V2241. JARMILA NOVOTNÁ, w.Toscanini, Walter, Breisach, Beecham, Weissmann, Panizza, Gould, Black, Voorhees, Pelletier, Abravanel, etc. Cond.: Arias from Zauberflöte, Nozze, Don Giovanni, Barbiere, Les Contes d’Hoffmann, Rusalka (Dvorák), Hubicka, Prodaná Nevesta, La Boheme, Tosca & La Traviata. (Czech Republic) Supraphon 4158, recorded 1930-56. - 099925415822
“Jarmila Novotná…was a legendary beauty with an uncanny gift for the stage….She brought a radiance to every role she undertook: her every entrance was like a burst of sunshine.”
- Lanfranco Rasponi, THE LAST PRIMA DONNAS, p.296
“Jarmila Novotná was widely considered one of the finest singing actresses of her time. Her interpretations of such roles as Donna Elvira, Euridice, Manon, Mélisande, Antonia and Marenka were praised for their intelligence and lyrical grace. She also excelled in trouser roles, particularly Orlofsky in DIE FLEDERMAUS, Cherubino in LE NOZZE DI FIGARO and Octavian in DER ROSENKAVALIER. On hearing her American début in San Francisco in MADAMA BUTTERFLY in 1939, Olin Downes wrote in The New York Times: ‘There is grace, warmth, communicative feeling in all that she does’.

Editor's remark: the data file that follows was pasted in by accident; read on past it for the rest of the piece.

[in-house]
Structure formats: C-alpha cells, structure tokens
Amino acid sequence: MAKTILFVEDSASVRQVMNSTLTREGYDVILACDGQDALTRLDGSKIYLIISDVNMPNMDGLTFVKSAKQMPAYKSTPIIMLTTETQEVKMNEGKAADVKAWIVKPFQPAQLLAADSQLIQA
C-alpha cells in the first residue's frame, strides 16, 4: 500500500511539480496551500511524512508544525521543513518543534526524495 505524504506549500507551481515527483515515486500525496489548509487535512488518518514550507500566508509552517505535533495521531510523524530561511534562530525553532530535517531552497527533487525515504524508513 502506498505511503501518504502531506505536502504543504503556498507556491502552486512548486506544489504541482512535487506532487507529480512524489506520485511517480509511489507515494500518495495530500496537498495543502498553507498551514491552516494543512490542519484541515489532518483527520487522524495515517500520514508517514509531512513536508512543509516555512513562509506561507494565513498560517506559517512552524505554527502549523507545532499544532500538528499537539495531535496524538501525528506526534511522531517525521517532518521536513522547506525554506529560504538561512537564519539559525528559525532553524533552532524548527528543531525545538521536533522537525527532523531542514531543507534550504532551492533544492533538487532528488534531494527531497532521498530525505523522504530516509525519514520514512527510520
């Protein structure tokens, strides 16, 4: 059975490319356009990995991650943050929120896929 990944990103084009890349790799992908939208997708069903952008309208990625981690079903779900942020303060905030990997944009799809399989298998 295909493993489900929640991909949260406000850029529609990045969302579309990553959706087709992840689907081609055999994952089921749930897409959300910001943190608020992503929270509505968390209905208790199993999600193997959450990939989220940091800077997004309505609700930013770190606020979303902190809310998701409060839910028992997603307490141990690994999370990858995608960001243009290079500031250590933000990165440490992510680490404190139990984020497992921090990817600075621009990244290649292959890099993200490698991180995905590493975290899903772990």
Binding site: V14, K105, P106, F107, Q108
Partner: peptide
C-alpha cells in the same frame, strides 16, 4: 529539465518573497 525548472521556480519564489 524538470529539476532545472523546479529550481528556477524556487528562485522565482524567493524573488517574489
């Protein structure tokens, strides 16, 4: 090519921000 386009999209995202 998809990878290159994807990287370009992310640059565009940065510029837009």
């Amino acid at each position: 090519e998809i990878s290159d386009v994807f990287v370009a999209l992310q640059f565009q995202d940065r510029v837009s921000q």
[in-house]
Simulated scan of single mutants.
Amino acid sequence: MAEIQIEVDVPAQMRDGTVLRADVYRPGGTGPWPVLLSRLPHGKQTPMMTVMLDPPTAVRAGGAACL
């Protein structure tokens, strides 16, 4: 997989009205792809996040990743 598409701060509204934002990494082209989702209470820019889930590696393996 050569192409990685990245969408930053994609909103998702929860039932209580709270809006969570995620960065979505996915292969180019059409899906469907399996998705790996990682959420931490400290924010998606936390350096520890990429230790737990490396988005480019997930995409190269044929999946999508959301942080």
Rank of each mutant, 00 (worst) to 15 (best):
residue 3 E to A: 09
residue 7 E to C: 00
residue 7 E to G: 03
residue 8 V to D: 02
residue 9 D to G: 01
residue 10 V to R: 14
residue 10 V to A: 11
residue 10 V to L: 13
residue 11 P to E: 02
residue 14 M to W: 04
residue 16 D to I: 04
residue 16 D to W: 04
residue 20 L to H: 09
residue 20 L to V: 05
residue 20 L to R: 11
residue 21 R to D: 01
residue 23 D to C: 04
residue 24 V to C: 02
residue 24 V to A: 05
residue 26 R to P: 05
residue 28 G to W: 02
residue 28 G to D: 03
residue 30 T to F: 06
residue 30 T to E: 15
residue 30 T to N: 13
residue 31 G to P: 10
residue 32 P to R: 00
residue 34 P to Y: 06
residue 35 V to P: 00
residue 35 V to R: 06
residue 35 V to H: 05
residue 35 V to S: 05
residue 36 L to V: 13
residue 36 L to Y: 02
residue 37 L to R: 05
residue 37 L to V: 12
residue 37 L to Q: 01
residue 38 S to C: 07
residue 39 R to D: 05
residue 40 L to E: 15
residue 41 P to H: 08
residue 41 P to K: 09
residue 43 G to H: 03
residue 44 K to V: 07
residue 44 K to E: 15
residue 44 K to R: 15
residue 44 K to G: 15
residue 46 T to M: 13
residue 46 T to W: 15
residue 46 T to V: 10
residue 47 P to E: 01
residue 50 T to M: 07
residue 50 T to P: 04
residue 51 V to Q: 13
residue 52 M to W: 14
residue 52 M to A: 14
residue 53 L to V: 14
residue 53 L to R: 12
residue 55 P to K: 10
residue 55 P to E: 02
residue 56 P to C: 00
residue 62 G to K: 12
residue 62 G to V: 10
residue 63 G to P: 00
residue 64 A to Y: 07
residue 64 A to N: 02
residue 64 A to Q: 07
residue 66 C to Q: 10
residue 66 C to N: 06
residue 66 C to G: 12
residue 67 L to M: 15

She made her Metropolitan début in LA BOHEME in 1940, singing with Jussi Björling. That year Downes also praised her ‘great’ Violetta at the Met: ‘She conceived the music, from first note to last, dramatically, and portrayed the character with an aristocratic sensibility and simplicity. The word and the tone were indissoluble; the phrasing was that of the finest musician’. In her years at the Metropolitan Opera, Miss Novotna sang 193 performances and won consistent praise for her expressiveness and musicianship.
Miss Novotná studied with Emmy Destinn and made her début at the age of 17 with the Prague National Opera. She continued her studies in Milan and became a member of the Vienna State Opera from 1933 to 1938, eventually singing opera and concerts in most of the major houses of Europe. Toscanini brought her to the attention of the Met after she sang Pamina under his direction in Salzburg in 1937. She came to New York in 1940, arriving, she noted years later, the day Hitler marched into Prague. During the war years she recorded ‘Songs of Lidice’, in memory of the victims of the Nazi massacre. The recording presents folk songs of her native land; the piano accompaniments are by Jan Masaryk, the son of the former president of Czechoslovakia.”
- Edward Rothstein, THE NEW YORK TIMES, 10 Feb., 1994